Getting Baby To Sleep Through The Night
Ways to develop positive habits to help your baby (and you!) get a better nights sleep.
When you have a newborn baby, often your most precious commodity turns out to be sleep. From the day you bring the baby home, getting it to go to sleep and stay asleep may be one of your biggest problems. Here are some helpful hints to help you and baby get a good night's sleep.
Until your baby is about 3 months old, chances are she will be waking up pretty regularly to be fed and possibly changed. These first few months it is almost impossible to "train" your baby to sleep, because they still need nourishment during the night.
Beginning at around 4 months, you can start expecting more of a schedule with baby: possibly a morning nap, afternoon nap and maybe even a catnap right before dinner. If your baby seems to be having a hard time falling into a routine, here are some tips to make the transition easier.
- Put baby to bed awake. If you constantly nurse or rock your baby until they are asleep, she will never learn to fall asleep on her own.
- Develop a nighttime routine, and stick to it. This may include a relaxing bath, a bottle (or nursing) a soothing song, and then into the crib for bed.
- If you put baby into bed and she begins crying, rub her back for a minute and then leave the room. Decide how long you are comfortable letting her cry (maybe 10 minutes or so?). When you go back into the room, soothe her, but do not pick her up. Leave and try again. What you will probably find is that once baby knows you are not "coming to get her" she will settle down and go to sleep.
- Make sure the room is a comfortable temperature, and if you have a noisy house, or other older children, you might want to consider running a fan in baby's room to muffle some of the sound.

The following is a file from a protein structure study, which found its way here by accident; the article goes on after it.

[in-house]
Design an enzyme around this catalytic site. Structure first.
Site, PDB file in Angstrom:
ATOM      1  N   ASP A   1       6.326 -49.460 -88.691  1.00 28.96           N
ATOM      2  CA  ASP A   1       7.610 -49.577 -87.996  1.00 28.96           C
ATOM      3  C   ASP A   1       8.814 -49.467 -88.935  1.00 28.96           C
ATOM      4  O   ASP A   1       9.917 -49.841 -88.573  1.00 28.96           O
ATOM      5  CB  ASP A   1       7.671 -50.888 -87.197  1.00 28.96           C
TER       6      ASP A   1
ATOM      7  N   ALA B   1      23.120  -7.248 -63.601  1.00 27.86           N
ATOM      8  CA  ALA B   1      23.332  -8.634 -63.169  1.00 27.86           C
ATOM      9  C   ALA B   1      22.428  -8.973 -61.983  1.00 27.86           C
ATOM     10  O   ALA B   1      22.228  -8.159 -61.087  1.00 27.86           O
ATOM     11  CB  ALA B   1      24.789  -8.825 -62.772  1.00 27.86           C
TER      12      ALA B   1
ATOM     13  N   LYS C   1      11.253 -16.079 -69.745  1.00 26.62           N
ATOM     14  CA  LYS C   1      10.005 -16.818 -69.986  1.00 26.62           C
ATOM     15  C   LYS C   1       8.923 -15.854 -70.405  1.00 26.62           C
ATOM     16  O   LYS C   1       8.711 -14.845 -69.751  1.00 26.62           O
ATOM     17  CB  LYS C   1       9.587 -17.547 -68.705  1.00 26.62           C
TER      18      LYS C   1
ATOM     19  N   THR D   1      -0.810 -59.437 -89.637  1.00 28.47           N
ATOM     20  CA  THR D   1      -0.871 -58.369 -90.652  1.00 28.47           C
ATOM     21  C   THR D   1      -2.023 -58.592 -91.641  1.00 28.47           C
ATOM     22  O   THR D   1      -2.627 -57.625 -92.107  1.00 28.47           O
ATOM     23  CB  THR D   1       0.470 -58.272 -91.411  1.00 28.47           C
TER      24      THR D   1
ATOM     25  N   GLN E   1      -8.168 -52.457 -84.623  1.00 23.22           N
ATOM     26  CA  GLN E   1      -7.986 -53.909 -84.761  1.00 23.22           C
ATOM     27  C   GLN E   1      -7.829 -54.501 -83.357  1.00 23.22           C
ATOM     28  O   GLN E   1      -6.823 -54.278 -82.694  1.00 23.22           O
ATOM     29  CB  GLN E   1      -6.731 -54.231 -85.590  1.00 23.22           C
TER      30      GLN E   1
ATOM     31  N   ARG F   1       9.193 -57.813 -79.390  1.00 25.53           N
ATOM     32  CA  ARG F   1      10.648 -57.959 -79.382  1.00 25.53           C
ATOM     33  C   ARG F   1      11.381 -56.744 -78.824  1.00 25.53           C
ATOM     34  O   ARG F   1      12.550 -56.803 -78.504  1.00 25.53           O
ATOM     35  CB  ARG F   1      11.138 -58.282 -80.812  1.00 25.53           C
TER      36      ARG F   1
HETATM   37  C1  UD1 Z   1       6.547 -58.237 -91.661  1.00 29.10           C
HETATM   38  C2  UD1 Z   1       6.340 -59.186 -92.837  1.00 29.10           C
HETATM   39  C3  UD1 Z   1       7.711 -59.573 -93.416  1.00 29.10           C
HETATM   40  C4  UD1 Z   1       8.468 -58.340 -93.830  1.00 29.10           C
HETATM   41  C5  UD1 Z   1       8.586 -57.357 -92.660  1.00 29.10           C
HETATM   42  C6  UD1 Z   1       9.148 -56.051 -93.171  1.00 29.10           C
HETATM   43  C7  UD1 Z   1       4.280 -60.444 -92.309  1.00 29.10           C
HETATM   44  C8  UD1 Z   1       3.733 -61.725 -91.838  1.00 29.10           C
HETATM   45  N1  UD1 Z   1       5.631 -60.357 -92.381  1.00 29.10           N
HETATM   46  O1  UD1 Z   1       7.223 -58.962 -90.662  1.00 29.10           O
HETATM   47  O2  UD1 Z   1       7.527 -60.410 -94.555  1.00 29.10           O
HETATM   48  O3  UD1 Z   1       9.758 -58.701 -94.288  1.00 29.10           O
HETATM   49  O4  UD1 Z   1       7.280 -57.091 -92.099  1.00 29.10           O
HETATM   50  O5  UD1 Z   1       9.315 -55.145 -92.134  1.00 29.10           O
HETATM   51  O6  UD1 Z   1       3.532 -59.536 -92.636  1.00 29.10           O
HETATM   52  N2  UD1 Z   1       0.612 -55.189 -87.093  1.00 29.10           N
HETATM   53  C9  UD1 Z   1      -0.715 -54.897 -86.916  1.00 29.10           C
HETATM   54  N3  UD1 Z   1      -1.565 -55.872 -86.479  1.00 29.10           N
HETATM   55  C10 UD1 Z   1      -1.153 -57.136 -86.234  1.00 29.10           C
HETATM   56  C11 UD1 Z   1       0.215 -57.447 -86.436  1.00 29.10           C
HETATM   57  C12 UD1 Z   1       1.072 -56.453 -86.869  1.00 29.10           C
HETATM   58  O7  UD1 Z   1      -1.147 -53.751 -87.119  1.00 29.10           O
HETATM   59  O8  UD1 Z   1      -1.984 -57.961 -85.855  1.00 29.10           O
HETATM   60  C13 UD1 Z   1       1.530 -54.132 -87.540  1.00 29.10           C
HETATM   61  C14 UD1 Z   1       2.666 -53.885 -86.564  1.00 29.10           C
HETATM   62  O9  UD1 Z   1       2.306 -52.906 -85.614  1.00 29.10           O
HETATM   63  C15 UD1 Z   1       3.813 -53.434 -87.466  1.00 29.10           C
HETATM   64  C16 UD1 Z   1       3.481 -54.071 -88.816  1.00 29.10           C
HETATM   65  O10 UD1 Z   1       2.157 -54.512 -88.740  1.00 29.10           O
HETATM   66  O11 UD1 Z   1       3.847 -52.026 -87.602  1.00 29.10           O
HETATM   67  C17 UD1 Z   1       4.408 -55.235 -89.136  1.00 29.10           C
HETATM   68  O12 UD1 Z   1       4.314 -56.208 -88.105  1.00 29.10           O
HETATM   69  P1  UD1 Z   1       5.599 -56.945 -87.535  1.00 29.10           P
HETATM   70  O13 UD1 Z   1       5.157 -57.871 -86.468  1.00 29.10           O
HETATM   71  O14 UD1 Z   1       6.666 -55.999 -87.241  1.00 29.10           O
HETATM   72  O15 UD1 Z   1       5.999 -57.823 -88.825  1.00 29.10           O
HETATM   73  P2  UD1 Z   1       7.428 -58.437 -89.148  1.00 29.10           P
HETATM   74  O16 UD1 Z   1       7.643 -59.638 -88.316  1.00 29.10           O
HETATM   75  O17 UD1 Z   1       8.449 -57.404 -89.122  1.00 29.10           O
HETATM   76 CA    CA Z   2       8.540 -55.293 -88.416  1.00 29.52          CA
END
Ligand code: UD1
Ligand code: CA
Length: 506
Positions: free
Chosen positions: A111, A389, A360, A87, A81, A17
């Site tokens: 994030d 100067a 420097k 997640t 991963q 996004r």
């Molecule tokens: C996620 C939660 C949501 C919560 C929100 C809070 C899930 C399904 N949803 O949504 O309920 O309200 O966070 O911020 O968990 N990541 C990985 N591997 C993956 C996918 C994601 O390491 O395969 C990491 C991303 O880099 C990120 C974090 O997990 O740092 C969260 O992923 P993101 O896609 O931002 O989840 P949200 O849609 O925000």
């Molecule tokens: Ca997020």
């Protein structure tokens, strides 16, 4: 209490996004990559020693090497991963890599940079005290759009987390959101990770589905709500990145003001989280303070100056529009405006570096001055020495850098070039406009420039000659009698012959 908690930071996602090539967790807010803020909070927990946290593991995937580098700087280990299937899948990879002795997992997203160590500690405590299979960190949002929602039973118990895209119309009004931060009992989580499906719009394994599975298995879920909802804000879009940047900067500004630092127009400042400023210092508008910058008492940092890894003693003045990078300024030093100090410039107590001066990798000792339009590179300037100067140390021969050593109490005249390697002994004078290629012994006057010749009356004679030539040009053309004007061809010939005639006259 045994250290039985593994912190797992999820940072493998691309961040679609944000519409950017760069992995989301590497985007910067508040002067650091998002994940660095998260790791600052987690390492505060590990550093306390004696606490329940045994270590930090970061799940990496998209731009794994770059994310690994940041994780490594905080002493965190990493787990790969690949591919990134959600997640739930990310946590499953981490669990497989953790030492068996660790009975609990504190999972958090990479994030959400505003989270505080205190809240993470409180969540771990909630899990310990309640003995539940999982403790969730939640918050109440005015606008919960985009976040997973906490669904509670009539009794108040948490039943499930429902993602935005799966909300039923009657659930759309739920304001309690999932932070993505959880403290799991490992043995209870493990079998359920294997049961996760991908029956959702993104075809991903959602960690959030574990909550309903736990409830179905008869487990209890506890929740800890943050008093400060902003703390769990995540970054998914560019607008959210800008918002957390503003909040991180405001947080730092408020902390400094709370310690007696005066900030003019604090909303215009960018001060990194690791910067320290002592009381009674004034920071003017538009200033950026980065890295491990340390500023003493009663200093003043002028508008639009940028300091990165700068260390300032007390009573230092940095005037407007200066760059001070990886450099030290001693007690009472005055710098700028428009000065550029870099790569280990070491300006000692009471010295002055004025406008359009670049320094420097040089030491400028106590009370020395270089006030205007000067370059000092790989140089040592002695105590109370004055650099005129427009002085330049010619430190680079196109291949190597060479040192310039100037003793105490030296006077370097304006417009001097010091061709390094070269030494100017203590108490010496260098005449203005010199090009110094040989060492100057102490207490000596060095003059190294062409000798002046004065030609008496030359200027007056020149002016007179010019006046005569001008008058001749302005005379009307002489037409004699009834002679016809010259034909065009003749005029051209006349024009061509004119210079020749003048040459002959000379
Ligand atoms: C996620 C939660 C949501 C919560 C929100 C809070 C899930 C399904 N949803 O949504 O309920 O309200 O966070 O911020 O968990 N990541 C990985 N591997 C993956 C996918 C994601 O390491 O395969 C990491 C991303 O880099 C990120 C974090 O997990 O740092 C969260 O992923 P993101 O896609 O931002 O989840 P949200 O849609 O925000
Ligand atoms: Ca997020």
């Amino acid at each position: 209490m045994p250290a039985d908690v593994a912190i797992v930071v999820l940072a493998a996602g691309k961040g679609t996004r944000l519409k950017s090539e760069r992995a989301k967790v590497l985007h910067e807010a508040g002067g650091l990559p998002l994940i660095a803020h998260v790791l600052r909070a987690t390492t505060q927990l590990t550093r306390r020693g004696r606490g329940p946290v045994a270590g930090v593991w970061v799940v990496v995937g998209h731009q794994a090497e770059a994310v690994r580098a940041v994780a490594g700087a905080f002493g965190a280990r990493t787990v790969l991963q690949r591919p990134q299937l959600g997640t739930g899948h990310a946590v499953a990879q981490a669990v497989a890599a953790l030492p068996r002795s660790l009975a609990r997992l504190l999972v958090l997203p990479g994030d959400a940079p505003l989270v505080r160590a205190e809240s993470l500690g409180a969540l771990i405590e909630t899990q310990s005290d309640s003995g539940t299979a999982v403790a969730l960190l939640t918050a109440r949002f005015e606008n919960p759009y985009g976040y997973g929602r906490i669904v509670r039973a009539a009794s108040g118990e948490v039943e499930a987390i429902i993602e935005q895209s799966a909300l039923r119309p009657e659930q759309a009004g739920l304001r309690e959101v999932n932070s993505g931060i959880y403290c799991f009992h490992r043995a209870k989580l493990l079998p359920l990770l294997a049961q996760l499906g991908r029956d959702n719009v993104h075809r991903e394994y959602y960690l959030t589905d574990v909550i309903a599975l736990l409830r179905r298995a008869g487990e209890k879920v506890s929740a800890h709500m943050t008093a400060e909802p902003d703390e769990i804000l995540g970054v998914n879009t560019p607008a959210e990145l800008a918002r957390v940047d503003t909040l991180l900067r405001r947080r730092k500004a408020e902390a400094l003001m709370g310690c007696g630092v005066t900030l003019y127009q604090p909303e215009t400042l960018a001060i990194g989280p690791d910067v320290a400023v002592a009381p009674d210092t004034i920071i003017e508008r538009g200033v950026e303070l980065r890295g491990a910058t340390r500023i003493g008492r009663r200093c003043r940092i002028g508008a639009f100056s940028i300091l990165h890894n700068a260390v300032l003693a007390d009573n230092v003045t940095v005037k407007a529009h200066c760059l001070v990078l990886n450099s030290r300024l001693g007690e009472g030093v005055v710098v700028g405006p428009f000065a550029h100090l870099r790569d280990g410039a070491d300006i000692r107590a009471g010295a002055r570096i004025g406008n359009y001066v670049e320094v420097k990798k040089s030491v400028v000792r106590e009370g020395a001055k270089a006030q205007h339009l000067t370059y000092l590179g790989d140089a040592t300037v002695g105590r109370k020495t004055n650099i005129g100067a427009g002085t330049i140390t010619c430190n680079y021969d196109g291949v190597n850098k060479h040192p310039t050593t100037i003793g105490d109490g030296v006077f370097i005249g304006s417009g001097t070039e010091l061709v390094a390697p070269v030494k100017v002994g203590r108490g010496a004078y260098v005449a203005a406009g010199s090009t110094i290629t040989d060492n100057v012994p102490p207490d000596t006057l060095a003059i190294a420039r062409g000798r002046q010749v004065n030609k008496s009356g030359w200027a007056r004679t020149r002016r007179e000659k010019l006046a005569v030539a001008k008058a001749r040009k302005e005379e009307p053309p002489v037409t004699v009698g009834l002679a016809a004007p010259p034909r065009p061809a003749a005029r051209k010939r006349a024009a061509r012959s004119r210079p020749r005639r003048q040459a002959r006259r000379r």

- Don't be a slave to the baby monitor and rush into her room every time you hear a peep. Babies are very noisy sleepers and often after a few whimpers they will manage to get themselves back to sleep.
- If baby really begins crying, go into the room and make sure she is not wet or has a dirty diaper. Once everything checks out, quietly soothe her and leave again.
- If you have to change a diaper, keep the lights down low and do not stimulate her.
- Once your doctor gives you the okay to end nighttime feedings, do not try and "feed her back to sleep". This is bad for her teeth, and will cause her to expect a bottle every time she wakes up.
- After a few evenings, she will see that her crying will not get her anywhere, when she wakes up she will put herself back to sleep.
You can also try the same techniques for naptime. If baby is waking early, consider investing in blackout shades for her room, which will keep the early morning sun out and allow her to sleep. Some parents also swear by a nightime "lovey" or stuffed animal (IF baby is old enough) or soft music as part of the bedtime routine.
It may take you awhile to figure out what works best for you and baby, but pretty soon you should both be sleeping soundly.